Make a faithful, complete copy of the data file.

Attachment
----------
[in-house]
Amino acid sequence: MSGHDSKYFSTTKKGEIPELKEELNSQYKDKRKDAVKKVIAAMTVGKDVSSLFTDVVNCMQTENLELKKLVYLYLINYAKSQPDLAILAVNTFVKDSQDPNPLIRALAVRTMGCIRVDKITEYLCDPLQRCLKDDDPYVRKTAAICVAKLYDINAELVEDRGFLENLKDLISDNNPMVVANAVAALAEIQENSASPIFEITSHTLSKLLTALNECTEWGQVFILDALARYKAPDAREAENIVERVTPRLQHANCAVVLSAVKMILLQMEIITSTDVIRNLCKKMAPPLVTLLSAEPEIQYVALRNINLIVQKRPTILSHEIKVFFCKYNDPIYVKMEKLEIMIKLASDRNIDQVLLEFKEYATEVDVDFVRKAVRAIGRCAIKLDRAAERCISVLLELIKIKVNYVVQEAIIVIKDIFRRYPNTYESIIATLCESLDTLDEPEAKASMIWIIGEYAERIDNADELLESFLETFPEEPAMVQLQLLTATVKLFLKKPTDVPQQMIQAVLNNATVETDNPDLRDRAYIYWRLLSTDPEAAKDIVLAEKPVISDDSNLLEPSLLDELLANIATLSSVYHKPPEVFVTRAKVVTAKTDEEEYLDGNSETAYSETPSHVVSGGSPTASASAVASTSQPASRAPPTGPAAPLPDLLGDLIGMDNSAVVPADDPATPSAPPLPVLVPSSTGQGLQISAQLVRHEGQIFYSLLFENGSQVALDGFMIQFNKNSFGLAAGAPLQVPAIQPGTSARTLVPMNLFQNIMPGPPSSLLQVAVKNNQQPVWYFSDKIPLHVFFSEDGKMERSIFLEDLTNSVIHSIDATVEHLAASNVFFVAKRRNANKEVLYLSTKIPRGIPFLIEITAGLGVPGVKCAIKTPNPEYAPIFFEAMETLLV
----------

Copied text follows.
[in-house]
Amino acid sequence: MSGHDSKYFSTTKKGEIPELKEELNSQYKDKRKDAVKKVIAAMTVGKDVSSLFTDVVNCMQTENLELKKLVYLYLINYAKSQPDLAILAVNTFVKDSQDPNPLIRALAVRTMGCIRVDKITEYLCDPLQRCLKDDDPYVRKTAAICVAKLYDINAELVEDRGFLENLKDLISDNNPMVVANAVAALAEIQENSASPIFEITSHTLSKLLTALNECTEWGQVFILDALARYKAPDAREAENIVERVTPRLQHANCAVVLSAVKMILLQMEIITSTDVIRNLCKKMAPPLVTLLSAEPEIQYVALRNINLIVQKRPTILSHEIKVFFCKYNDPIYVKMEKLEIMIKLASDRNIDQVLLEFKEYATEVDVDFVRKAVRAIGRCAIKLDRAAERCISVLLELIKIKVNYVVQEAIIVIKDIFRRYPNTYESIIATLCESLDTLDEPEAKASMIWIIGEYAERIDNADELLESFLETFPEEPAMVQLQLLTATVKLFLKKPTDVPQQMIQAVLNNATVETDNPDLRDRAYIYWRLLSTDPEAAKDIVLAEKPVISDDSNLLEPSLLDELLANIATLSSVYHKPPEVFVTRAKVVTAKTDEEEYLDGNSETAYSETPSHVVSGGSPTASASAVASTSQPASRAPPTGPAAPLPDLLGDLIGMDNSAVVPADDPATPSAPPLPVLVPSSTGQGLQISAQLVRHEGQIFYSLLFENGSQVALDGFMIQFNKNSFGLAAGAPLQVPAIQPGTSARTLVPMNLFQNIMPGPPSSLLQVAVKNNQQPVWYFSDKIPLHVFFSEDGKMERSIFLEDLTNSVIHSIDATVEHLAASNVFFVAKRRNANKEVLYLSTKIPRGIPFLIEITAGLGVPGVKCAIKTPNPEYAPIFFEAMETLLV